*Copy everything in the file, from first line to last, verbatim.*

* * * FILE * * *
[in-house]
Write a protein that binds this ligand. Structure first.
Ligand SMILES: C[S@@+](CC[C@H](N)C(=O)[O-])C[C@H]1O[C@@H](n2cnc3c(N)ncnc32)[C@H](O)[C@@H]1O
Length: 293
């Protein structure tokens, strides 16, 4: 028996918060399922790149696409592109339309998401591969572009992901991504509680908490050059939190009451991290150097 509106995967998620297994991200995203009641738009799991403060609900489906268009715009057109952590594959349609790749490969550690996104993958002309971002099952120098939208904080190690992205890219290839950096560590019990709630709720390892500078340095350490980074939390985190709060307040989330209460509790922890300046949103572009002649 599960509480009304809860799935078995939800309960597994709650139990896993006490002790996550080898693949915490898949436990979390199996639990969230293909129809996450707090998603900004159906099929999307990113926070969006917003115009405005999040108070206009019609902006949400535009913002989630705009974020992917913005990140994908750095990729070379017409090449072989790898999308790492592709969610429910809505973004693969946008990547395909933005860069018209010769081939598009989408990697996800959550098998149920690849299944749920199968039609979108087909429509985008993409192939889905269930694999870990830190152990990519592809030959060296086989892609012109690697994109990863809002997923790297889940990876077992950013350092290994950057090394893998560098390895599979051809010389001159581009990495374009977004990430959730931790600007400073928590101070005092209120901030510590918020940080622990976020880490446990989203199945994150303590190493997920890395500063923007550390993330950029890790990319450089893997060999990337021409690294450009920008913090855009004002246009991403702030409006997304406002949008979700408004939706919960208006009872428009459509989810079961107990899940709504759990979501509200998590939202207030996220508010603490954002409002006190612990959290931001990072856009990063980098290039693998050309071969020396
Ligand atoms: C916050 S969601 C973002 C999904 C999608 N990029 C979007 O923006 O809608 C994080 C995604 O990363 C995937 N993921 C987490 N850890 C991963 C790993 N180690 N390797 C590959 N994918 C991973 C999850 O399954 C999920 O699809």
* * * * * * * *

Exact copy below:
[in-house]
Write a protein that binds this ligand. Structure first.
Ligand SMILES: C[S@@+](CC[C@H](N)C(=O)[O-])C[C@H]1O[C@@H](n2cnc3c(N)ncnc32)[C@H](O)[C@@H]1O
Length: 293
């Protein structure tokens, strides 16, 4: 028996918060399922790149696409592109339309998401591969572009992901991504509680908490050059939190009451991290150097 509106995967998620297994991200995203009641738009799991403060609900489906268009715009057109952590594959349609790749490969550690996104993958002309971002099952120098939208904080190690992205890219290839950096560590019990709630709720390892500078340095350490980074939390985190709060307040989330209460509790922890300046949103572009002649 599960509480009304809860799935078995939800309960597994709650139990896993006490002790996550080898693949915490898949436990979390199996639990969230293909129809996450707090998603900004159906099929999307990113926070969006917003115009405005999040108070206009019609902006949400535009913002989630705009974020992917913005990140994908750095990729070379017409090449072989790898999308790492592709969610429910809505973004693969946008990547395909933005860069018209010769081939598009989408990697996800959550098998149920690849299944749920199968039609979108087909429509985008993409192939889905269930694999870990830190152990990519592809030959060296086989892609012109690697994109990863809002997923790297889940990876077992950013350092290994950057090394893998560098390895599979051809010389001159581009990495374009977004990430959730931790600007400073928590101070005092209120901030510590918020940080622990976020880490446990989203199945994150303590190493997920890395500063923007550390993330950029890790990319450089893997060999990337021409690294450009920008913090855009004002246009991403702030409006997304406002949008979700408004939706919960208006009872428009459509989810079961107990899940709504759990979501509200998590939202207030996220508010603490954002409002006190612990959290931001990072856009990063980098290039693998050309071969020396
Ligand atoms: C916050 S969601 C973002 C999904 C999608 N990029 C979007 O923006 O809608 C994080 C995604 O990363 C995937 N993921 C987490 N850890 C991963 C790993 N180690 N390797 C590959 N994918 C991973 C999850 O399954 C999920 O699809």